Be sure you can do this. Teaming with an experienced driver should help for those times you get in tight situations. Linehaul though is a lot about routine so so really this might not be such a bad way to start. You should get used to the route pretty quick. You will not learn quite as much as if you were driving otr but I still say go for it.

If I had an opportunity like this back when I first started out I just might have stuck with it till today even.

OTR:

Over The Road

OTR driving normally means you'll be hauling freight to various customers throughout your company's hauling region. It often entails being gone from home for two to three weeks at a time.

Linehaul:

Linehaul drivers will normally run loads from terminal to terminal for LTL (Less than Truckload) companies.

LTL (Less Than Truckload) carriers will have Linehaul drivers and P&D drivers. The P&D drivers will deliver loads locally from the terminal and pick up loads returning them to the terminal. Linehaul drivers will then run truckloads from terminal to terminal.

HOS:

Hours Of Service

HOS refers to the logbook hours of service regulations.
Keith G.'s Comment
member avatar

Three months won't be enough time for any other company to direct hire you and let you roll without going through a entire training process again. So I would encourage you to commit a year to a company at-least.

I have to ask a few questions to clarify some of my concerns for you. With making on say $48,000 with no benefits everything falls to you. Health Care, dental/vision, etc. Depending on how much your at-home expenditures are can you afford to cover all that without company benefits?

My major concern is that you are not looking at the big picture and seeing just the shiny starting pay without looking at possible implications.

Errol V.'s Comment
member avatar

If you are paid as an independent contractor, that is 1099. As an independent contractor you take home 100% of what the company pays you. That is your sole benefit.

Then you must make quarterly payments to the IRS for your income taxes, which are actually higher than the withholding tax of an employee. Expect to hold onto about 25 -30% of your pay to hand over to Uncle Sam. (The IRS knows - they get a copy of your 1099.) You don't have workmen's comp, you get no health insurance and if you are let go, there's no unemployment insurance.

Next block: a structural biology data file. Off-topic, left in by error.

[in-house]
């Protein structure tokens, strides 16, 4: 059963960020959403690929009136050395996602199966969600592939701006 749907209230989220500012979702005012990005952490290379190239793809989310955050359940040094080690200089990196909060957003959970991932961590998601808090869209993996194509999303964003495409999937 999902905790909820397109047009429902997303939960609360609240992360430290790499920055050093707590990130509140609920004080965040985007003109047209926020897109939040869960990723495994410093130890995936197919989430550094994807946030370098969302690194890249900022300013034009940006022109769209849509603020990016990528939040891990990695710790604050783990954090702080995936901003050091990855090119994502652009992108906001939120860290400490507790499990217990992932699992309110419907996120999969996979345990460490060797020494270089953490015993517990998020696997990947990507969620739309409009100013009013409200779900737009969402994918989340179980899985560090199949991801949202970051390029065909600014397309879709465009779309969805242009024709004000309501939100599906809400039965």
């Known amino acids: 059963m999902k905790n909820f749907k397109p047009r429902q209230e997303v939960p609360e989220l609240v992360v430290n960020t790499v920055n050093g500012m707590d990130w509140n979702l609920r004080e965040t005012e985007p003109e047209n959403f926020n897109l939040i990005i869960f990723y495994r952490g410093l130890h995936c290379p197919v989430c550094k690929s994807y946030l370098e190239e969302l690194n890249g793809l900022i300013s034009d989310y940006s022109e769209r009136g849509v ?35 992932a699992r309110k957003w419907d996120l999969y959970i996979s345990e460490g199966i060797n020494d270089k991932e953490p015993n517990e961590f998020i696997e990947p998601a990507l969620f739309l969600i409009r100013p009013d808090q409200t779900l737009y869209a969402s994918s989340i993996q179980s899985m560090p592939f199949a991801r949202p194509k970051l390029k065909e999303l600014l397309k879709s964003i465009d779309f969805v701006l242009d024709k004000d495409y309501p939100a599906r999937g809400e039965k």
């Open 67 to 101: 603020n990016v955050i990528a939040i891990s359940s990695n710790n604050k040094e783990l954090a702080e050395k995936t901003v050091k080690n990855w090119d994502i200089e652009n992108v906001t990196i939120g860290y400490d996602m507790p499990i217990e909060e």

Unless you know how to handle all this it's a headache and a half. (BTW, this is exactly what owner ops do.)

DAC:

Drive-A-Check Report

A truck drivers DAC report will contain detailed information about their job history of the last 10 years as a CDL driver (as required by the DOT).

It may also contain your criminal history, drug test results, DOT infractions and accident history. The program is strictly voluntary from a company standpoint, but most of the medium-to-large carriers will participate.

Most trucking companies use DAC reports as part of their hiring and background check process. It is extremely important that drivers verify that the information contained in it is correct, and have it fixed if it's not.

Keith G.'s Comment
member avatar

If you are paid as an independent contractor, that is 1099. As an independent contractor you take home 100% of what the company pays you. That is your sole benefit.

Then you must make quarterly payments to the IRS for your income taxes, which are actually higher than the withholding tax of an employee. Expect to hold onto about 25 -30% of your pay to hand over to Uncle Sam. (The IRS knows - they get a copy of your 1099.) You don't have workmen's comp, you get no health insurance and if you are let go, there's no unemployment insurance.

Unless you know how to handle all this it's a headache and a half. (BTW, this is exactly what owner ops do.)

Good point Errol. There is a mountain of expenses and items to track as a 1099 employee. The $48,000 sounds great till you cut out say $10,000 for taxes, $3200 for low/mid tier health insurance, and more. $48,000 quickly turns into maybe around $35,000 or less pretty quickly.

DAC:

Drive-A-Check Report

A truck drivers DAC report will contain detailed information about their job history of the last 10 years as a CDL driver (as required by the DOT).

It may also contain your criminal history, drug test results, DOT infractions and accident history. The program is strictly voluntary from a company standpoint, but most of the medium-to-large carriers will participate.

Most trucking companies use DAC reports as part of their hiring and background check process. It is extremely important that drivers verify that the information contained in it is correct, and have it fixed if it's not.